I think many people assume that accepting our children means we do nothing. That is a huge misconception. We do whatever it takes to allow our children to be who they are and who they want to be without compromising any of them for the sake of conforming.
My son gets OT for his extreme sensory issues as well. Has for almost 3 years now. His OT isn't about breaking stims, it's about helping him feel comfortable in his own skin and his own world.

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#24 of 27 Old 07-14-2008, 07:27 PM
 
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I'm returning this thread, now please play nice!

Per the UA:

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From our own lovely special needs parenting forum guidlines:

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#25 of 27 Old 07-14-2008, 08:07 PM
 
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My NT 4yo flaps more than any other kid I've ever met. No one has even mentioned it. Not his preschool teachers, not his friends or their parents, none of my friends, no one. WHy does it suddenly become a problem if and when a child is diagnosed as on the spectrum? My oldest IS diagnosed, but he doesn't flap. My youngest isn't diagnosed--yet, and he does, but not as much as my 4yo.

I wouldn't redirect flapping unless it was interfering with his doing soething important. Other stims, like biting or punching himself, like my oldest used to, still does ocassionally, I would redirect every time. Flapping is benign, and most people don't even notice it unless they are familiar w/ it as a symptom of autism or sensory issues.

In fact, I flap and didn't even realize it was weird until I was in college and one of my friends said she thought it was so cute how I looked like a little bird trying to fly away when I got excited. She thought it was cute, not something I really needed to stop doing b/c it was weird or whatever.
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#26 of 27 Old 07-16-2008, 06:41 PM
 
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I think I read this thread on the wrong day. I have a dear friend with child with autism & she is currently having a VERY hard time. She is hitting & biting herself, & headbanging on windows, doors & walls until she screams with pain- & then if we let our guard down she does it again...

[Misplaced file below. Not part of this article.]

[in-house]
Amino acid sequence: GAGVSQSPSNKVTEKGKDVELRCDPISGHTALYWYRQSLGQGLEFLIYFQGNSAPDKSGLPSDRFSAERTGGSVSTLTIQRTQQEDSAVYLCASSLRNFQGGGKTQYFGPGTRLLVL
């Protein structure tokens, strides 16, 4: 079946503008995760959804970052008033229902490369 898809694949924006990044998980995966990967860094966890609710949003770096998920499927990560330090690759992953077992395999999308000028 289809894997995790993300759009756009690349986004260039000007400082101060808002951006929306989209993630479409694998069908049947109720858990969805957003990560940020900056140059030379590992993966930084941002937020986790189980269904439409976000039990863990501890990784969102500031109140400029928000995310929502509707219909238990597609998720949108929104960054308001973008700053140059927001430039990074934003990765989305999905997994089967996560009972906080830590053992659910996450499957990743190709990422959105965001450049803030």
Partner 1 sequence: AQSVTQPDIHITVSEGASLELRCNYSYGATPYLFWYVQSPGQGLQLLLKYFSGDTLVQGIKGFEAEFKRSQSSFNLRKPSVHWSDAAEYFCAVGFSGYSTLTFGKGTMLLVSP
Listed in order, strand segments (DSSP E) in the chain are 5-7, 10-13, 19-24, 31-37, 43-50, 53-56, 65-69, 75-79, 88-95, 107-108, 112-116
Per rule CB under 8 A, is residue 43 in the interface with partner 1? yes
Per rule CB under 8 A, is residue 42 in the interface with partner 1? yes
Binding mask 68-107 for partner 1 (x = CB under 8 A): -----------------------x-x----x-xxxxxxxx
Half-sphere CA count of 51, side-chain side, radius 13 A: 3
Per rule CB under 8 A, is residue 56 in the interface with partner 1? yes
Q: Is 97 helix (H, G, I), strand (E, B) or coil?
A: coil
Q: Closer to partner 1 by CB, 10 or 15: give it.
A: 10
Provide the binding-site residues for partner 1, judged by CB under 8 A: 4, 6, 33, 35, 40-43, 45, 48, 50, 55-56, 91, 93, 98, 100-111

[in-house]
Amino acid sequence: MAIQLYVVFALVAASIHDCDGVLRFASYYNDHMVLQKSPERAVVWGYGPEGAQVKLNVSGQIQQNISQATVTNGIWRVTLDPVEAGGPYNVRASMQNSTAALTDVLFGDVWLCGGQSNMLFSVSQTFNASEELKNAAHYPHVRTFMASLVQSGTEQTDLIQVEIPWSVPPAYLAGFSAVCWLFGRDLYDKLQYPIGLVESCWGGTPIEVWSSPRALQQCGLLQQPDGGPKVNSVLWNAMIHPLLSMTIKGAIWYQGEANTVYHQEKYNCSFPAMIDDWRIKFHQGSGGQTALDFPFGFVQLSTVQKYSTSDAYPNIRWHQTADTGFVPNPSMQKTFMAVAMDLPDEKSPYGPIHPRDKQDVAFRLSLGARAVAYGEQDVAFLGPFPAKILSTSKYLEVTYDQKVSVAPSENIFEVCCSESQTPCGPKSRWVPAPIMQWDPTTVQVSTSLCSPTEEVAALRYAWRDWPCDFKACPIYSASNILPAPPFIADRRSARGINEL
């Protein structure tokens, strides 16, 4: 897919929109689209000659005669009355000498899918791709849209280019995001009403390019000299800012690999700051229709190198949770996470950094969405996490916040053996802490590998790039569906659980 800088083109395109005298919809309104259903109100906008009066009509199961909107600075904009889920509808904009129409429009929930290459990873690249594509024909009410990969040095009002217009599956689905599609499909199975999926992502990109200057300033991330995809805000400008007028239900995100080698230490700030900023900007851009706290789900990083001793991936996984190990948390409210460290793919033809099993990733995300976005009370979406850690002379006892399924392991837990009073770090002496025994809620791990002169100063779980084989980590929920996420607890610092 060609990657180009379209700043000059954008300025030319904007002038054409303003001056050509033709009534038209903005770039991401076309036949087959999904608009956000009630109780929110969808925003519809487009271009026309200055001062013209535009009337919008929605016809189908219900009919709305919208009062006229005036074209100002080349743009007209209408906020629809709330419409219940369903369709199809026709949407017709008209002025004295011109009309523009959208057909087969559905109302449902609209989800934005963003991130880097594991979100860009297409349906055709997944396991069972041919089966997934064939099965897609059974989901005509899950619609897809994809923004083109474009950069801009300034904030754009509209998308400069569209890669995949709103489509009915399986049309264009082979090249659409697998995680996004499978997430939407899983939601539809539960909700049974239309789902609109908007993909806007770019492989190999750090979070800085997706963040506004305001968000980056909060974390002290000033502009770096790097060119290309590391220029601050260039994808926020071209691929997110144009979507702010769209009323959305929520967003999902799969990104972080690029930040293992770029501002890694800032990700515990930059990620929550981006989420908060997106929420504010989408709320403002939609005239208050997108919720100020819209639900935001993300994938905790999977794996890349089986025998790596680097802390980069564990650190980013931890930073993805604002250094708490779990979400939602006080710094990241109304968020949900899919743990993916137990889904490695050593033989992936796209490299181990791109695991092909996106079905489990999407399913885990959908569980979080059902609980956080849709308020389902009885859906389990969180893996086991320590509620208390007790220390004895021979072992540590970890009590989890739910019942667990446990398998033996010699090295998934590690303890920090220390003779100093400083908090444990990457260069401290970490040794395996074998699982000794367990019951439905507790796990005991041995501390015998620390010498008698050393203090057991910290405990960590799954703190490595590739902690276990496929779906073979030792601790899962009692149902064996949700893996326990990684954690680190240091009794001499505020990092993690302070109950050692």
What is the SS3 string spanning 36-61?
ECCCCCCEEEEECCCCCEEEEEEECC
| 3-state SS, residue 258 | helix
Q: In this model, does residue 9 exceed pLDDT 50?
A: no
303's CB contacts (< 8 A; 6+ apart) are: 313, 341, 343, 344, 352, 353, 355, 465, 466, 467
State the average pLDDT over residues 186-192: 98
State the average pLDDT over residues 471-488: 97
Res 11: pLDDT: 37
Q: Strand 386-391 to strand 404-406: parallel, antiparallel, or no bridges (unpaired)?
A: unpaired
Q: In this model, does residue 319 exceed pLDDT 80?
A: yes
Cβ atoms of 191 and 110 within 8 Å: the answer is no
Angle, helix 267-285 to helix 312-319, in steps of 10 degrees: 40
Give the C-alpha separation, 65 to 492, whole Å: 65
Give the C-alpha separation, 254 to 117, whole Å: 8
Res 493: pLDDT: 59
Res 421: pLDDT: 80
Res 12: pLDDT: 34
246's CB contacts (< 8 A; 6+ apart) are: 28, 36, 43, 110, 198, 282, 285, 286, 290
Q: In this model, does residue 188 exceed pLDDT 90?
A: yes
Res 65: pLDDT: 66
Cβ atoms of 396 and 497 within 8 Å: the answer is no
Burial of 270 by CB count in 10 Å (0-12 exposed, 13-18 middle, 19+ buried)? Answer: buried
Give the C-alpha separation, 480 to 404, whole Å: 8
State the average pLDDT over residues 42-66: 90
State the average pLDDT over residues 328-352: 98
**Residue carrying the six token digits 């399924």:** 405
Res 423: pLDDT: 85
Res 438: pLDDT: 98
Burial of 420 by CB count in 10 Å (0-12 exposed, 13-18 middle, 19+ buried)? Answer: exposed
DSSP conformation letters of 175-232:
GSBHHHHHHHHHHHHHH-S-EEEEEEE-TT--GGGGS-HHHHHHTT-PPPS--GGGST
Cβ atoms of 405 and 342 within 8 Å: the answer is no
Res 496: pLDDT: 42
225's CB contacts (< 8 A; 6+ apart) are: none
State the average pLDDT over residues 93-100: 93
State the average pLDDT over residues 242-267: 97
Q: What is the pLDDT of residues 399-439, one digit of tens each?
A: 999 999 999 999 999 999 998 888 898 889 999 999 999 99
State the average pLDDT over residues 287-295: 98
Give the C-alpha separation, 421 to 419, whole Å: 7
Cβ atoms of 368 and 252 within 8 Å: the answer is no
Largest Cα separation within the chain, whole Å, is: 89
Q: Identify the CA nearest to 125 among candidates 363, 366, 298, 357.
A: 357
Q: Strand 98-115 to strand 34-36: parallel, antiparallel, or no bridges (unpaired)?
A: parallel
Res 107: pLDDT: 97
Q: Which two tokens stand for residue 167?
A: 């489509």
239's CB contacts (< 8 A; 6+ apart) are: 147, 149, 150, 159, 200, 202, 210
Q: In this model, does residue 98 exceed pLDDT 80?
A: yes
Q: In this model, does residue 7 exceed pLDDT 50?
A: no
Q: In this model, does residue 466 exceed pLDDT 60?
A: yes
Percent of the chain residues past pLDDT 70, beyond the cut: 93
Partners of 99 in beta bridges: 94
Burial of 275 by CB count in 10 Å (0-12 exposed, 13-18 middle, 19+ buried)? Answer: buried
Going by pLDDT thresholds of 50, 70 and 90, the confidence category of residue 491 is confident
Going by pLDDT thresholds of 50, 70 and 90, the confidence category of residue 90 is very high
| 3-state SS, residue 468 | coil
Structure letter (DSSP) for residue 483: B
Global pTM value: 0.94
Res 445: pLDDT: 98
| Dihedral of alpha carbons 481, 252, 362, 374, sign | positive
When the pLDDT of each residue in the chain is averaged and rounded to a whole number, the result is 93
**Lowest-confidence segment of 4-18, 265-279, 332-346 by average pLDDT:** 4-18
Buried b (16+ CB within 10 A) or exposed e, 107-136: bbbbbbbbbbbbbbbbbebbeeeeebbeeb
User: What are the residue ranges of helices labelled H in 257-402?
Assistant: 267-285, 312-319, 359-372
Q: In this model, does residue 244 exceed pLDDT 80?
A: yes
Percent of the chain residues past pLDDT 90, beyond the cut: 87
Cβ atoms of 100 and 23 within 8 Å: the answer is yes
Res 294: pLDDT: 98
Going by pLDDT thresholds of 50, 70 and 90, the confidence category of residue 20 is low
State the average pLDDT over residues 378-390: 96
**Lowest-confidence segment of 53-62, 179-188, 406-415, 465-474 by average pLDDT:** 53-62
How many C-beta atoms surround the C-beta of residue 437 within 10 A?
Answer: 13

All I can say is, her mom would be THRILLED if hand flapping were the only stim she had to deal with- & believe me, I don't say this to be disrespectful, chowmein, but maybe so you can get a bit of perspective- if hand flapping helps calm or ground your child, then it might not be a great idea to try to stop it, no matter what the doctor says. Doctors do not know everything, & I would be afraid that if you "cured" your child of the hand flapping, he would go on to find another stim that might be physically harmful.

I hope this is a little bit helpful.
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#27 of 27 Old 07-16-2008, 08:22 PM
 
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Originally Posted by joesmom View Post
All I can say is, her mom would be THRILLED if hand flapping were the only stim she had to deal with- & believe me, I don't say this to be disrespectful, chowmein, but maybe so you can get a bit of perspective- if hand flapping helps calm or ground your child, then it might not be a great idea to try to stop it, no matter what the doctor says. Doctors do not know everything, & I would be afraid that if you "cured" your child of the hand flapping, he would go on to find another stim that might be physically harmful.

I hope this is a little bit helpful.
I think that's the point a lot of us were trying to make. Thank you for making at least my point clearer.